Conley admits he shouldn’t have put himself in a compromising position, which occurred at a Cleveland hotel earlier this month.

“I could’ve made way better judgment,” Conley said. “I mean, I didn’t know what I was getting myself into, but I definitely could’ve made a better decision.”

Conley hopes to move beyond it quickly and start focusing on football. He is scheduled to fly west for a press conference on Friday.

Conley is thankful to the Raiders for believing in him despite his recent troubles.

“It’s off the charts, honestly,” Conley said. “Just to know that they have faith in me, not even just as a football player but as a person like that, it speaks highly of them, and I really appreciate it. It’s an honor to be a part of the Raider organization.”

McKenzie: Raiders did their 'due diligence' before drafting Gareon Conley

McKenzie: Raiders did their 'due diligence' before drafting Gareon Conley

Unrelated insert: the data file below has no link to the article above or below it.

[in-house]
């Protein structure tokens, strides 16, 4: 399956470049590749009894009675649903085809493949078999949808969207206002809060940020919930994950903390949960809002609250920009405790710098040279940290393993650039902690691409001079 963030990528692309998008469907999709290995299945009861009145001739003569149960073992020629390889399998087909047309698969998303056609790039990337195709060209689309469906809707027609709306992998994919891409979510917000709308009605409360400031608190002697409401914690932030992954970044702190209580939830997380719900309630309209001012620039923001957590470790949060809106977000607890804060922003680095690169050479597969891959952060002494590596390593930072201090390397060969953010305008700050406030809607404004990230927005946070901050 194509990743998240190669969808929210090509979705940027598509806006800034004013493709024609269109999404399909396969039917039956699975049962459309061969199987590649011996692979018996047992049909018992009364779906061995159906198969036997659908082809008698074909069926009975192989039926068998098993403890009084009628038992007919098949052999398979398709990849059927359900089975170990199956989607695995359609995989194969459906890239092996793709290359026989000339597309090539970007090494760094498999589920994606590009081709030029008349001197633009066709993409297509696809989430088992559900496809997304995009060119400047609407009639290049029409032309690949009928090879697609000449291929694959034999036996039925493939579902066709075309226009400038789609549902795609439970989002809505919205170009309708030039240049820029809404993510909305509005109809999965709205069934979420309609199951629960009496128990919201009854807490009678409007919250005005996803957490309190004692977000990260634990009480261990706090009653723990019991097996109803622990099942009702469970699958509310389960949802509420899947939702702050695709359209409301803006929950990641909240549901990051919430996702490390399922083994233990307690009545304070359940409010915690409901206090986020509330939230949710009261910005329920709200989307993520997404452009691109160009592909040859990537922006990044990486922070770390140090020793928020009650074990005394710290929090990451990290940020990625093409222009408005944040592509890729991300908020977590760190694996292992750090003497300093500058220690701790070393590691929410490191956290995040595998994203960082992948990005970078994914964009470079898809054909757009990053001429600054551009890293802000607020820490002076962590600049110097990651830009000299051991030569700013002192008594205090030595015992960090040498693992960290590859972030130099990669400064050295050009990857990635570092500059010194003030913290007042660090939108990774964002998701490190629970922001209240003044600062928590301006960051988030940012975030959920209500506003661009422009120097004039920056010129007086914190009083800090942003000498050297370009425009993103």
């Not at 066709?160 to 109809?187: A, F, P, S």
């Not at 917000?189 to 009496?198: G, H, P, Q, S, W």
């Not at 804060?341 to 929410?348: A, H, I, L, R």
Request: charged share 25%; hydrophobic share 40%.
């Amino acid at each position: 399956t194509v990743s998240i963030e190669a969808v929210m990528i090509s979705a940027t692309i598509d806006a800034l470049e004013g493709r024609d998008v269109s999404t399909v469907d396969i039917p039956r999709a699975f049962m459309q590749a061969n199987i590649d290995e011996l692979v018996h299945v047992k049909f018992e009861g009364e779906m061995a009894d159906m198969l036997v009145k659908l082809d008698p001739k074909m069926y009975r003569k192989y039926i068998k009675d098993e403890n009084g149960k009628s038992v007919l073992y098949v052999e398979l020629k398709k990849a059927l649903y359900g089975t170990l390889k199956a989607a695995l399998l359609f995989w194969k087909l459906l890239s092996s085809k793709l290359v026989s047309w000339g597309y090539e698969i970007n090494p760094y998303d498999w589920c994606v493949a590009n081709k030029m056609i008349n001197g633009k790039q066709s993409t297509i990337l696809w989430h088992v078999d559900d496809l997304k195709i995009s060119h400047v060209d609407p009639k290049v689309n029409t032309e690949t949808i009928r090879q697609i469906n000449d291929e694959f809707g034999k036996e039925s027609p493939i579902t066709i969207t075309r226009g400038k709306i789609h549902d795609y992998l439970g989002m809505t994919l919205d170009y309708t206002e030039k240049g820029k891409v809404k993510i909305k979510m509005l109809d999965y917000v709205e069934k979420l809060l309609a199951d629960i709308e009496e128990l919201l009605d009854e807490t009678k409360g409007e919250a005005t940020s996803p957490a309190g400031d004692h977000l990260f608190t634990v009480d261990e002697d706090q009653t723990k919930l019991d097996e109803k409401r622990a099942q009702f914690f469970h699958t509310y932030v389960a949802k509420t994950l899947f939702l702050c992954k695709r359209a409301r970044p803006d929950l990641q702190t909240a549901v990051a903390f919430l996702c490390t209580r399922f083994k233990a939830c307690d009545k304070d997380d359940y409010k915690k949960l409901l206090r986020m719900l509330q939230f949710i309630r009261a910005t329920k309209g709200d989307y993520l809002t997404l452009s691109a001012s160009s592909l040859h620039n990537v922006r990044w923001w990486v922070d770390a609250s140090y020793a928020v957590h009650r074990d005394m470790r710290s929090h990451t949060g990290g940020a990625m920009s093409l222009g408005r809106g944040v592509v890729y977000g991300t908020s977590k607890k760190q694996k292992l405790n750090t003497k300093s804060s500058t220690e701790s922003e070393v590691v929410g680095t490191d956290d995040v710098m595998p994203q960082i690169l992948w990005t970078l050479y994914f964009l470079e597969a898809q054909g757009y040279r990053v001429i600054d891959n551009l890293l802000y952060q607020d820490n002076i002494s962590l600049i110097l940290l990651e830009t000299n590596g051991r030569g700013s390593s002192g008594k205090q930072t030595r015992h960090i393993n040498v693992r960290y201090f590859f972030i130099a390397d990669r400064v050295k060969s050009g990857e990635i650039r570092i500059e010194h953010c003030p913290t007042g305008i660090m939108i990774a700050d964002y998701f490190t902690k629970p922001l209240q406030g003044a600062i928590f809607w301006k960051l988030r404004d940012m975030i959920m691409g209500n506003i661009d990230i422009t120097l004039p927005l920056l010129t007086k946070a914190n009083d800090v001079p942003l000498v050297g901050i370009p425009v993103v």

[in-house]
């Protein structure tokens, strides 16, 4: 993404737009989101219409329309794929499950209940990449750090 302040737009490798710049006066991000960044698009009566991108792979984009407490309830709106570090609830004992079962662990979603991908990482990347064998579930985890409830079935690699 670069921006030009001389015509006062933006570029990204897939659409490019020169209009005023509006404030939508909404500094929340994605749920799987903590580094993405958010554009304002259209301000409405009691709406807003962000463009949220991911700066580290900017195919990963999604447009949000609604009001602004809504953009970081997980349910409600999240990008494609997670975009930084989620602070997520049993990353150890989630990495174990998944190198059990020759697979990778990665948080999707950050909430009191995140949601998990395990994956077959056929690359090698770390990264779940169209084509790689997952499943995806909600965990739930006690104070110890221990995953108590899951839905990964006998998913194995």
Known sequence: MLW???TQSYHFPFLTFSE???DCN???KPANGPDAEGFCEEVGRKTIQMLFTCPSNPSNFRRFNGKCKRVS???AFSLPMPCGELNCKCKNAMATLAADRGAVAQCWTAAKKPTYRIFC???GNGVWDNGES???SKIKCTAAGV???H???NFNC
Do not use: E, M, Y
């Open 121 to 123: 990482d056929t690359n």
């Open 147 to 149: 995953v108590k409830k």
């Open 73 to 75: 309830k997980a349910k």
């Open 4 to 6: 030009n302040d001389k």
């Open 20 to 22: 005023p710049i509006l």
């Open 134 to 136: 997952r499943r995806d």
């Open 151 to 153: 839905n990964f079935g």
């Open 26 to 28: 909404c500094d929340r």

ALAMEDA -- The Raiders used the No. 24 overall pick on Ohio State cornerback Gareon Conley. This wasn’t a second-round flier or a late-round gamble.

That’s a first-round pick. Rolling the dice this early is ill advised. The Raiders don't believe they did with a selection accompanied by a $5.78 million signing bonus, $10.5 million in total money and a valuable fifth-year option to keep a player in town.

They wouldn’t risk such an asset on someone in serious legal trouble. The Raiders did significant research on Conley, who was accused of rape earlier this week, before making a selection. Results gave the Raiders confidence in their choice. 

Conley has not been arrested or charged over an allegation that stems from an April 9 interaction in a Cleveland hotel.